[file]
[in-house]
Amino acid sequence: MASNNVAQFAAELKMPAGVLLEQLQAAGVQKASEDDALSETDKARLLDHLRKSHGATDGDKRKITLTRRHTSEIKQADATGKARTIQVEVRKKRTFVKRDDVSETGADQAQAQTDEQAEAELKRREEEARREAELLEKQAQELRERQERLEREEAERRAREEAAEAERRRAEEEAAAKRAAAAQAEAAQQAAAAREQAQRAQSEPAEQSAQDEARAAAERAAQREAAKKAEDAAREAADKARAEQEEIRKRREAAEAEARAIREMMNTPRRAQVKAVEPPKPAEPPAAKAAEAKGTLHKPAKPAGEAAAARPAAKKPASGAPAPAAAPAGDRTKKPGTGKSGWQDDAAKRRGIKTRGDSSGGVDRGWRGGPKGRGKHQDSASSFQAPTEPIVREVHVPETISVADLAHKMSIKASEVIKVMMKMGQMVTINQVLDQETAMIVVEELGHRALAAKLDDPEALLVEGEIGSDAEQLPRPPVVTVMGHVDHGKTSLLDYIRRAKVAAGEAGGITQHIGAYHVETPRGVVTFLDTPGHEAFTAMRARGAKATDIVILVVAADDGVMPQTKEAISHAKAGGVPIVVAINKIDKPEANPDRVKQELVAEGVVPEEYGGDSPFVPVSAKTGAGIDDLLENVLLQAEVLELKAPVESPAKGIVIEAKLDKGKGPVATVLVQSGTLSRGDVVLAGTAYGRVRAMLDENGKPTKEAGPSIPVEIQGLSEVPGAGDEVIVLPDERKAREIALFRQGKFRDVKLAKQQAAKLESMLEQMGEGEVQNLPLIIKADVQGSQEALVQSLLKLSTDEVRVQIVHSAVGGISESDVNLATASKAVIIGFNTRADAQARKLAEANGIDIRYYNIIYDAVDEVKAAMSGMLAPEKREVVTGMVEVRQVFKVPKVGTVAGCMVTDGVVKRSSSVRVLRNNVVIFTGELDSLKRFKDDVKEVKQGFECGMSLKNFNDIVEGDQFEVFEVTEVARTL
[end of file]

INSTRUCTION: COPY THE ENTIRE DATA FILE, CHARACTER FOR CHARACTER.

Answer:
[in-house]
Amino acid sequence: MASNNVAQFAAELKMPAGVLLEQLQAAGVQKASEDDALSETDKARLLDHLRKSHGATDGDKRKITLTRRHTSEIKQADATGKARTIQVEVRKKRTFVKRDDVSETGADQAQAQTDEQAEAELKRREEEARREAELLEKQAQELRERQERLEREEAERRAREEAAEAERRRAEEEAAAKRAAAAQAEAAQQAAAAREQAQRAQSEPAEQSAQDEARAAAERAAQREAAKKAEDAAREAADKARAEQEEIRKRREAAEAEARAIREMMNTPRRAQVKAVEPPKPAEPPAAKAAEAKGTLHKPAKPAGEAAAARPAAKKPASGAPAPAAAPAGDRTKKPGTGKSGWQDDAAKRRGIKTRGDSSGGVDRGWRGGPKGRGKHQDSASSFQAPTEPIVREVHVPETISVADLAHKMSIKASEVIKVMMKMGQMVTINQVLDQETAMIVVEELGHRALAAKLDDPEALLVEGEIGSDAEQLPRPPVVTVMGHVDHGKTSLLDYIRRAKVAAGEAGGITQHIGAYHVETPRGVVTFLDTPGHEAFTAMRARGAKATDIVILVVAADDGVMPQTKEAISHAKAGGVPIVVAINKIDKPEANPDRVKQELVAEGVVPEEYGGDSPFVPVSAKTGAGIDDLLENVLLQAEVLELKAPVESPAKGIVIEAKLDKGKGPVATVLVQSGTLSRGDVVLAGTAYGRVRAMLDENGKPTKEAGPSIPVEIQGLSEVPGAGDEVIVLPDERKAREIALFRQGKFRDVKLAKQQAAKLESMLEQMGEGEVQNLPLIIKADVQGSQEALVQSLLKLSTDEVRVQIVHSAVGGISESDVNLATASKAVIIGFNTRADAQARKLAEANGIDIRYYNIIYDAVDEVKAAMSGMLAPEKREVVTGMVEVRQVFKVPKVGTVAGCMVTDGVVKRSSSVRVLRNNVVIFTGELDSLKRFKDDVKEVKQGFECGMSLKNFNDIVEGDQFEVFEVTEVARTL